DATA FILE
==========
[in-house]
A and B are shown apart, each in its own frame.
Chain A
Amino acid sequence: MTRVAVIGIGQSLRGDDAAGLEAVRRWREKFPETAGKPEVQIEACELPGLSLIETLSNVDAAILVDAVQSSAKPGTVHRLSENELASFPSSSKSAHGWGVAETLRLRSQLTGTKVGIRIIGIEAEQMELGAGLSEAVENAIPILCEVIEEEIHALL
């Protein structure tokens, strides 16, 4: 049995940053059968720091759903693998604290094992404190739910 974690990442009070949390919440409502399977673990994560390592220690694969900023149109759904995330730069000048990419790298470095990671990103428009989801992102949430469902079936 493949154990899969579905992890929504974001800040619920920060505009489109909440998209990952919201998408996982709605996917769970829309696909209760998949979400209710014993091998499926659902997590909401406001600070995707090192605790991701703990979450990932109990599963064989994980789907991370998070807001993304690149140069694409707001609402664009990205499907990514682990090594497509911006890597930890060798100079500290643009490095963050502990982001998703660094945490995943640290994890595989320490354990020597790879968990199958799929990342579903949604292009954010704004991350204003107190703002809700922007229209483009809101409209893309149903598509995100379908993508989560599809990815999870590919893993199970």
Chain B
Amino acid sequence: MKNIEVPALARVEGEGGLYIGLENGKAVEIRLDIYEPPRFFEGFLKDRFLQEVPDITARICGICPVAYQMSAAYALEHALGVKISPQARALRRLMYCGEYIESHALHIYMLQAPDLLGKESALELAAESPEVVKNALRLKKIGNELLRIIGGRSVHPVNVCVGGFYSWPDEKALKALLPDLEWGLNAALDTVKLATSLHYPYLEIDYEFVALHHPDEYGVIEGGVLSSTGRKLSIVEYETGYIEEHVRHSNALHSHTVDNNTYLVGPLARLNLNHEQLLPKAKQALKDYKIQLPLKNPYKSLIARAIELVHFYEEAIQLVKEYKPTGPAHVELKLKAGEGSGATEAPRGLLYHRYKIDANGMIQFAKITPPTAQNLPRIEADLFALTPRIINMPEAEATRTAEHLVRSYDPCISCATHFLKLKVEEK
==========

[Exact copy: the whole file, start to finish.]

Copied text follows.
[in-house]
A and B are shown apart, each in its own frame.
Chain A
Amino acid sequence: MTRVAVIGIGQSLRGDDAAGLEAVRRWREKFPETAGKPEVQIEACELPGLSLIETLSNVDAAILVDAVQSSAKPGTVHRLSENELASFPSSSKSAHGWGVAETLRLRSQLTGTKVGIRIIGIEAEQMELGAGLSEAVENAIPILCEVIEEEIHALL
């Protein structure tokens, strides 16, 4: 049995940053059968720091759903693998604290094992404190739910 974690990442009070949390919440409502399977673990994560390592220690694969900023149109759904995330730069000048990419790298470095990671990103428009989801992102949430469902079936 493949154990899969579905992890929504974001800040619920920060505009489109909440998209990952919201998408996982709605996917769970829309696909209760998949979400209710014993091998499926659902997590909401406001600070995707090192605790991701703990979450990932109990599963064989994980789907991370998070807001993304690149140069694409707001609402664009990205499907990514682990090594497509911006890597930890060798100079500290643009490095963050502990982001998703660094945490995943640290994890595989320490354990020597790879968990199958799929990342579903949604292009954010704004991350204003107190703002809700922007229209483009809101409209893309149903598509995100379908993508989560599809990815999870590919893993199970």
Chain B
Amino acid sequence: MKNIEVPALARVEGEGGLYIGLENGKAVEIRLDIYEPPRFFEGFLKDRFLQEVPDITARICGICPVAYQMSAAYALEHALGVKISPQARALRRLMYCGEYIESHALHIYMLQAPDLLGKESALELAAESPEVVKNALRLKKIGNELLRIIGGRSVHPVNVCVGGFYSWPDEKALKALLPDLEWGLNAALDTVKLATSLHYPYLEIDYEFVALHHPDEYGVIEGGVLSSTGRKLSIVEYETGYIEEHVRHSNALHSHTVDNNTYLVGPLARLNLNHEQLLPKAKQALKDYKIQLPLKNPYKSLIARAIELVHFYEEAIQLVKEYKPTGPAHVELKLKAGEGSGATEAPRGLLYHRYKIDANGMIQFAKITPPTAQNLPRIEADLFALTPRIINMPEAEATRTAEHLVRSYDPCISCATHFLKLKVEEK